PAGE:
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Here is the grand fact that Protestant theologians always overlook. They, in reality, always present nature and grace as two antagonistic powers, and suppose the presence of the one must be the physical destruction of the other. Luther and Calvin, weary of the good works, and shrinking from the efforts to acquire the personal virtues enjoined by Catholicity, began their…

Marcus Tullius Cicero (106-43 B.C.) was the Roman philosopher who erected the basic conceptual framework of the “law of nations” which has influenced subsequent international law, theory, and ethics. During Cicero’s time, the need for a universal code of ethics had become pressing, as Roman conquest had created a polyglot empire with an elite suffused with a wide variety of…

St. Augustine and Varro's Civil Theology
It is curious that both Saint Ambrose and Saint Augustine, while bitterly engaged in the struggle for existential representation of Christianity, should have been almost completely blind to the nature of the issue [that the Romans had their own theology, though it was more compact.]. Nothing seemed to be at stake but the truth of…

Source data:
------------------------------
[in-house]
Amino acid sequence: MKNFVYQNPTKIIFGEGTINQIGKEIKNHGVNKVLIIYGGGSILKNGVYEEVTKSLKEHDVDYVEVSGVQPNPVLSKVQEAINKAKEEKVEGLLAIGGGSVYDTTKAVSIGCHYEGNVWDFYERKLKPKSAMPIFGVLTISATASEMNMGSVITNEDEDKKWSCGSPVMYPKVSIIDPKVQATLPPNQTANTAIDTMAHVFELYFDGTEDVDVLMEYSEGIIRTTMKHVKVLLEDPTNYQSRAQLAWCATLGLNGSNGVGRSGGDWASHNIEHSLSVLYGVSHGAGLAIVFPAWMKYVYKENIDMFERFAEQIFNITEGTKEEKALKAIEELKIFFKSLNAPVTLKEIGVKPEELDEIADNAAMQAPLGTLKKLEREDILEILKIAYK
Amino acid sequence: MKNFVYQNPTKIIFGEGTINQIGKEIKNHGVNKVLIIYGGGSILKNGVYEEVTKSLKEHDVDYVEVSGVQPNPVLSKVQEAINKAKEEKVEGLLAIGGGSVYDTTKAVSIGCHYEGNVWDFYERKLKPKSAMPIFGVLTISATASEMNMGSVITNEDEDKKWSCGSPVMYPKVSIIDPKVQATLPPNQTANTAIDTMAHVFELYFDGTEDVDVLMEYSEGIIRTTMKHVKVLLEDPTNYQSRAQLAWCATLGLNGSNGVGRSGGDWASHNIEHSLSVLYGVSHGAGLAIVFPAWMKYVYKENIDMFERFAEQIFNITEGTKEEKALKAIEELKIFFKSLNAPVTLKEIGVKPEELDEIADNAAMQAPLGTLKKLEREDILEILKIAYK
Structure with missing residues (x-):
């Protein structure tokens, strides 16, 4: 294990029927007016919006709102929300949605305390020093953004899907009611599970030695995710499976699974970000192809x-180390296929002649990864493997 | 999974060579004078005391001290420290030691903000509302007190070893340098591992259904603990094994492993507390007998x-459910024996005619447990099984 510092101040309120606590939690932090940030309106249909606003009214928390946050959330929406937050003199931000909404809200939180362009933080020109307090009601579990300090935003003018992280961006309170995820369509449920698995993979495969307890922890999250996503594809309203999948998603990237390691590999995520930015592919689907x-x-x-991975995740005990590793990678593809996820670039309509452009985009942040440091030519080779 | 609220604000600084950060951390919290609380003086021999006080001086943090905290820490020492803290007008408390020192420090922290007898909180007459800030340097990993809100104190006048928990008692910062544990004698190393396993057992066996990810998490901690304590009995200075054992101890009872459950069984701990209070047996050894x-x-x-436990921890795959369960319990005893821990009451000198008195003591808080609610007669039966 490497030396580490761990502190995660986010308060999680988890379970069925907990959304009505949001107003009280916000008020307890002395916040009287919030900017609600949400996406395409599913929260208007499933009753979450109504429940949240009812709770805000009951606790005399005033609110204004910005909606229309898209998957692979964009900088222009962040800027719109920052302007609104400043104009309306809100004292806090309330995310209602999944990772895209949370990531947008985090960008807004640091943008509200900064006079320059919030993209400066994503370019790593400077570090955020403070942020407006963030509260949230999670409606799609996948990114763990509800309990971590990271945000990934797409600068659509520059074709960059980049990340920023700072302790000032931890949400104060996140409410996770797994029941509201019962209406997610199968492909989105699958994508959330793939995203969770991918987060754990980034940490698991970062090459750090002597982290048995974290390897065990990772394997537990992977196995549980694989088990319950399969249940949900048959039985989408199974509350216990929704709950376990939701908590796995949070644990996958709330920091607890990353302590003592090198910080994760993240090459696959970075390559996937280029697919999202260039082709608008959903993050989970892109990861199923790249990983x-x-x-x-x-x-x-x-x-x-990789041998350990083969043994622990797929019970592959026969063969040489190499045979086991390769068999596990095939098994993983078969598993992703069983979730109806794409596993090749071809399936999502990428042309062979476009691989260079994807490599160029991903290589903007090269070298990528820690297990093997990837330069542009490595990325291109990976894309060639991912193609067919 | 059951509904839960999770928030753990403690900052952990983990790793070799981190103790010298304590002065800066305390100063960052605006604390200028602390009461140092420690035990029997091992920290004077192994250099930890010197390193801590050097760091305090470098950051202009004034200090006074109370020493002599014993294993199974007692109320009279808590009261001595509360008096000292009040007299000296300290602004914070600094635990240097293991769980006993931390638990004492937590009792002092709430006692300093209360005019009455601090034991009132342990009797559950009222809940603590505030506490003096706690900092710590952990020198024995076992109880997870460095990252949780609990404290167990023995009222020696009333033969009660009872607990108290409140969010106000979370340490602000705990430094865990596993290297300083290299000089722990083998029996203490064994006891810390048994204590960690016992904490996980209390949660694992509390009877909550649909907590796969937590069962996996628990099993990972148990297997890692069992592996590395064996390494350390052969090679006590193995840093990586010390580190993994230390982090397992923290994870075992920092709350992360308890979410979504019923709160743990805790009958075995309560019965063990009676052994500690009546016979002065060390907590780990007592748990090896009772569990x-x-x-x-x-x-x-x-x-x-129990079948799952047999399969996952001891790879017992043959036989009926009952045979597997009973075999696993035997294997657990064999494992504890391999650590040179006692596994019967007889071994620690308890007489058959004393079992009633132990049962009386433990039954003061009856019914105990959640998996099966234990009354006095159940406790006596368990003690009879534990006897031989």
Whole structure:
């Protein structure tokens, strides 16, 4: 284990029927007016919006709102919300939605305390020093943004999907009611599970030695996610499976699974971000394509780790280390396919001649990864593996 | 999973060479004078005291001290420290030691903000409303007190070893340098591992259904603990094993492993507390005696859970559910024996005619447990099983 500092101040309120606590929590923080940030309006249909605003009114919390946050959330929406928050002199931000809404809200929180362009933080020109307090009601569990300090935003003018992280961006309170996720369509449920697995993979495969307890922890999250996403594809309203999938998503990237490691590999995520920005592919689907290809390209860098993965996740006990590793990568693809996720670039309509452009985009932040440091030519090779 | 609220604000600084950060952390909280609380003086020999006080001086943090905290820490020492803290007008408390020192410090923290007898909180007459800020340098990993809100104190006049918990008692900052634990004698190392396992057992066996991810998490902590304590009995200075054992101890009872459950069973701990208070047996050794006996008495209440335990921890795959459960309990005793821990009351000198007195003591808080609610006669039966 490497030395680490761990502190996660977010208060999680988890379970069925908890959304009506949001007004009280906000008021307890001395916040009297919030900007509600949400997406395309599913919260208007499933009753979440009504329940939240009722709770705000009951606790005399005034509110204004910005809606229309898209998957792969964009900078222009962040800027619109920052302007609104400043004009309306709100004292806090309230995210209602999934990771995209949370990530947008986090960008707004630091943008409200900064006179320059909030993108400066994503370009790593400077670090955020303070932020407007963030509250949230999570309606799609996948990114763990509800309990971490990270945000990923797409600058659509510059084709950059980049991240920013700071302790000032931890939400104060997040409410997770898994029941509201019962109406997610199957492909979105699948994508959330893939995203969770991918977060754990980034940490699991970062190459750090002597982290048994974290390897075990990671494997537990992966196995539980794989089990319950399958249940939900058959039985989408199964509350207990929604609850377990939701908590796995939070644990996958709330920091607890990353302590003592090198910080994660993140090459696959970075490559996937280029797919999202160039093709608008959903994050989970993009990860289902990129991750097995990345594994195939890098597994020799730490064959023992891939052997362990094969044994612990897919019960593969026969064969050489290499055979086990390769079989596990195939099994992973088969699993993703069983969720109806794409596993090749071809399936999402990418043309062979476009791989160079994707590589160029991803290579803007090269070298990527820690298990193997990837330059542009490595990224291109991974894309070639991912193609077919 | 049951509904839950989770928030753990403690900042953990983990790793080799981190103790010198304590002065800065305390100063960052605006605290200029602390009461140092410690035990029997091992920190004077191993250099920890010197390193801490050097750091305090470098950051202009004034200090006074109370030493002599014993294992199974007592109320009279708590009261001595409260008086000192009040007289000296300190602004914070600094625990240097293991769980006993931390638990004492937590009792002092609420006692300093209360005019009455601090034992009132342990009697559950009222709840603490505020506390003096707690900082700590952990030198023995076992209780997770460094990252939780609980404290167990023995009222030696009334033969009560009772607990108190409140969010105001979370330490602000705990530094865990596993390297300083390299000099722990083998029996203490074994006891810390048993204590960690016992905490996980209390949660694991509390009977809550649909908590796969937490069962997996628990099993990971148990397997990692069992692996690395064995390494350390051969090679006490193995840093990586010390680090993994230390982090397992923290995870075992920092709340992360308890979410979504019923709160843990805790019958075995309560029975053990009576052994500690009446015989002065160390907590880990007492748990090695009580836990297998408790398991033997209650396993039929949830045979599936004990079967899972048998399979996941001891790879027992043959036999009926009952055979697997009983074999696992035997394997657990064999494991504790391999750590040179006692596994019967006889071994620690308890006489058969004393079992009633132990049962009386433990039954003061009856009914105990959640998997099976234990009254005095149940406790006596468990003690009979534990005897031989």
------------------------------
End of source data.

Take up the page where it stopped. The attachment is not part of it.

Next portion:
Cosmopolitanism Today
The word cosmopolitan implies that the world itself can be regarded as a polis or political community and that it is possible for the human being to live as a citizen (polites) of the world. For its proponents, this ideal of universal citizenship is associated with enlightenment and sophistica­tion, the liberation of the heart and mind from parochial prejudice…